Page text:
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The Road To WI Is The Road Less Traveled

Today, July 2, the road to Wisconsin will become the road less traveled.

This year, the Minnesota state legislature voted to repeal a Prohibition-era law that banned liquor sales on Sundays. While the vote was met with mixed reactions from the public, it is one I support.

Growing up in Milwaukee, I personally never experienced such a restriction to alcohol sales.

When I moved here, this was an adjustment. There were a number of times one of us would have to make the 45-minute trek to the border to ensure we had enough wine or beer on hand to entertain during the football games. There were a number of times we underestimated our Saturday purchase before the stores closed. And at risk of sounding like a lush, there were a number of times a productive Sunday simply called for a cocktail on the patio as the sun set on the weekend.

I do not think it will contribute to an increase in drunk drivers on the road. You could still purchase alcohol in a restaurant, bar or tavern on Sunday, just not from a store. It all comes down to personal responsibility. However, there are many a liquor store on the border that depends upon Minnesotans’ Sunday purchases and no one can predict how this will affect their business.

Reactions to that argument were clear – let’s keep Minnesotans’ money in Minnesota. When Gov. Dayton signed the bill into law, Minnesota had been only one of 12 states to still ban Sunday liquor sales.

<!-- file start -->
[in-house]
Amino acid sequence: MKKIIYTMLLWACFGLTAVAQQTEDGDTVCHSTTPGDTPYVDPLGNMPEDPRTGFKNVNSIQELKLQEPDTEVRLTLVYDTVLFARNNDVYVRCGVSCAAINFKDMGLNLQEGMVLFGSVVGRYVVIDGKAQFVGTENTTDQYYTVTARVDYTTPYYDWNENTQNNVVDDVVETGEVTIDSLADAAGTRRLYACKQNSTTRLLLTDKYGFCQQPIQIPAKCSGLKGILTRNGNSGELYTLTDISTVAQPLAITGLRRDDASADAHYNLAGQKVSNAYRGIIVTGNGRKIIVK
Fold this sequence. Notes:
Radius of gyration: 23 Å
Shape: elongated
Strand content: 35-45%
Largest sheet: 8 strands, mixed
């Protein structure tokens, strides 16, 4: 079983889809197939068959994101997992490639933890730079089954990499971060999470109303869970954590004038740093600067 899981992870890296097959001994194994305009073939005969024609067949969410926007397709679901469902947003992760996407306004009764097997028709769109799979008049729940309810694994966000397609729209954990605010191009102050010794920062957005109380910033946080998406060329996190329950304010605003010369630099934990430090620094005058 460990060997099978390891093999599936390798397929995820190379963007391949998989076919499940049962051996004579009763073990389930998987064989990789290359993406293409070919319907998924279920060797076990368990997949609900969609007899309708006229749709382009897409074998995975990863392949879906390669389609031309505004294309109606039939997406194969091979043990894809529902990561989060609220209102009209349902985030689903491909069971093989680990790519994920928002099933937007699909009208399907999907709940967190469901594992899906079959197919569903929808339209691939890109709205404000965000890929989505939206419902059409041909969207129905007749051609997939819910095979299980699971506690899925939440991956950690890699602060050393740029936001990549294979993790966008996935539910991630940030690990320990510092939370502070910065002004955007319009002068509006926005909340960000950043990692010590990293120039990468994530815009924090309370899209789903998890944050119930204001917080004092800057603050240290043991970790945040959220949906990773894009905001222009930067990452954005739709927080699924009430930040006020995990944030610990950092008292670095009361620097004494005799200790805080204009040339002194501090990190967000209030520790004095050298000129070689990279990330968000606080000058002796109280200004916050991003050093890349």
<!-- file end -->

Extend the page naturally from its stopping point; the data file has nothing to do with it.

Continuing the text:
In this Star Tribune article from 2013, I realized Prohibition was the only constitutional amendment to ever be repealed in American history.

During the so-called “dry years” of 1920-1933, even in the land of 10,000 lakes, there were plenty of backyard, backwoods stills. As gangsters like Al Capone dominated the headlines, Minnesotans were quietly setting up private stills and basement speakeasies. In fact, the article discusses quite a few area establishments and homes that still have the secret doors and passages to hide illegal hooch, with some even containing troves of unbroken, antique bottles.

This timeline stands to show a population that the answer may not be to ban something, but instead, reinforce the ideals of knowing one’s limits. It is entirely possible to enjoy alcohol responsibly, to appreciate how it’s made and its history without the negative effects on society. Just a thought …

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